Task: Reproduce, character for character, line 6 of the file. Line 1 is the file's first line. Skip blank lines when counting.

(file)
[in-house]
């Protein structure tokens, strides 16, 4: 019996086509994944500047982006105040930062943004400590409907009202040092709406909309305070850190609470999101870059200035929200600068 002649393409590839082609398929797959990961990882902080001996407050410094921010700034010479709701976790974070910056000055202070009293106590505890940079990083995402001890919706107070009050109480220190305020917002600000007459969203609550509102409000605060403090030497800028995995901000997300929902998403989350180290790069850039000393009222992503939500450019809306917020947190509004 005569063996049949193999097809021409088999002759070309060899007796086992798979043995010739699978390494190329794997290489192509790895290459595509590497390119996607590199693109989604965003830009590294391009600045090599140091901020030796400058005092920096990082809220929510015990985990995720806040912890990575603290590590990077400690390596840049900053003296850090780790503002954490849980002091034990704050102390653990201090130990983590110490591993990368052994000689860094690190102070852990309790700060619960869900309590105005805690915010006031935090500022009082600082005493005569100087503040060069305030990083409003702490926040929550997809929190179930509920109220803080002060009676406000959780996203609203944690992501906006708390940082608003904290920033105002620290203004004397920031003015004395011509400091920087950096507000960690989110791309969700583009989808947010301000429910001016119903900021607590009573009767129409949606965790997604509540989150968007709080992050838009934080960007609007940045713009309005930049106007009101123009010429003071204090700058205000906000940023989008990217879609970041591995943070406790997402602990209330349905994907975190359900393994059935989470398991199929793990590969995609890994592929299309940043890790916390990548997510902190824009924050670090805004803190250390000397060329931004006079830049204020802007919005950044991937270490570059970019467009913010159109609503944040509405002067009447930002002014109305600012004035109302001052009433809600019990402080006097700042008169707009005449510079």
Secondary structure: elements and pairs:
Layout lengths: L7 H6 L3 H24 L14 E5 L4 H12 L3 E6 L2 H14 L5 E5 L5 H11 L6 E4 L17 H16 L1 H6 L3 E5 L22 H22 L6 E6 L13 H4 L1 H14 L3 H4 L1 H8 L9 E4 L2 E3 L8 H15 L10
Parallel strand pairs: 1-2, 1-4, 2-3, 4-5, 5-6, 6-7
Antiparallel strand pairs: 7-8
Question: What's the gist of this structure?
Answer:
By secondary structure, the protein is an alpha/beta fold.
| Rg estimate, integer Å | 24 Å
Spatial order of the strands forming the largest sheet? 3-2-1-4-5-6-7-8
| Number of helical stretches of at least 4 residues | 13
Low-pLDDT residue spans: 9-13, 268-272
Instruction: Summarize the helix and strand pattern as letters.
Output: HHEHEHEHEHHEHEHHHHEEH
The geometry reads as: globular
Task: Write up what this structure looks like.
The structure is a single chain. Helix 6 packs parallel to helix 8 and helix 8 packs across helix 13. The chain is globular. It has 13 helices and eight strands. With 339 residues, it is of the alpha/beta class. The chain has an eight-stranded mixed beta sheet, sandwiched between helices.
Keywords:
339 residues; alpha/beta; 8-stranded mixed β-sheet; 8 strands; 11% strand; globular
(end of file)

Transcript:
Antiparallel strand pairs: 7-8